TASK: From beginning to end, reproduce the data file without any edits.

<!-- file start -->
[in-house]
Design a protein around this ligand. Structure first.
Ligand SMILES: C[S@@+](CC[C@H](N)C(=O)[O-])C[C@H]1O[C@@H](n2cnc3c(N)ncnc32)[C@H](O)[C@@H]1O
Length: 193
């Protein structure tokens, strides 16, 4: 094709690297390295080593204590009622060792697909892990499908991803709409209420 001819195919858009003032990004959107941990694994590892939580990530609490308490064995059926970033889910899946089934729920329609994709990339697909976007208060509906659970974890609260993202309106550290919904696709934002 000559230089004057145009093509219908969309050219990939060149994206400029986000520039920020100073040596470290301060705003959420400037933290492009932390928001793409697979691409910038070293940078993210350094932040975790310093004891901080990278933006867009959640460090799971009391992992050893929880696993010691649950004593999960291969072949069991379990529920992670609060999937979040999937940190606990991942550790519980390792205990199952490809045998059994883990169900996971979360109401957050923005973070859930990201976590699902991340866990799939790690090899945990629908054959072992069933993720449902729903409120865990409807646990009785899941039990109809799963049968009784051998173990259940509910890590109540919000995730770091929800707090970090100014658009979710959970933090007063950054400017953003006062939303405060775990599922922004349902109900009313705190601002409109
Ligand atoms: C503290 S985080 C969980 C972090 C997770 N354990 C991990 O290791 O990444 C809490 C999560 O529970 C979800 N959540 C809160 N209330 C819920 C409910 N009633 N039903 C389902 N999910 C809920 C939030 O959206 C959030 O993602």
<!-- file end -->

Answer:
[in-house]
Design a protein around this ligand. Structure first.
Ligand SMILES: C[S@@+](CC[C@H](N)C(=O)[O-])C[C@H]1O[C@@H](n2cnc3c(N)ncnc32)[C@H](O)[C@@H]1O
Length: 193
């Protein structure tokens, strides 16, 4: 094709690297390295080593204590009622060792697909892990499908991803709409209420 001819195919858009003032990004959107941990694994590892939580990530609490308490064995059926970033889910899946089934729920329609994709990339697909976007208060509906659970974890609260993202309106550290919904696709934002 000559230089004057145009093509219908969309050219990939060149994206400029986000520039920020100073040596470290301060705003959420400037933290492009932390928001793409697979691409910038070293940078993210350094932040975790310093004891901080990278933006867009959640460090799971009391992992050893929880696993010691649950004593999960291969072949069991379990529920992670609060999937979040999937940190606990991942550790519980390792205990199952490809045998059994883990169900996971979360109401957050923005973070859930990201976590699902991340866990799939790690090899945990629908054959072992069933993720449902729903409120865990409807646990009785899941039990109809799963049968009784051998173990259940509910890590109540919000995730770091929800707090970090100014658009979710959970933090007063950054400017953003006062939303405060775990599922922004349902109900009313705190601002409109
Ligand atoms: C503290 S985080 C969980 C972090 C997770 N354990 C991990 O290791 O990444 C809490 C999560 O529970 C979800 N959540 C809160 N209330 C819920 C409910 N009633 N039903 C389902 N999910 C809920 C939030 O959206 C959030 O993602």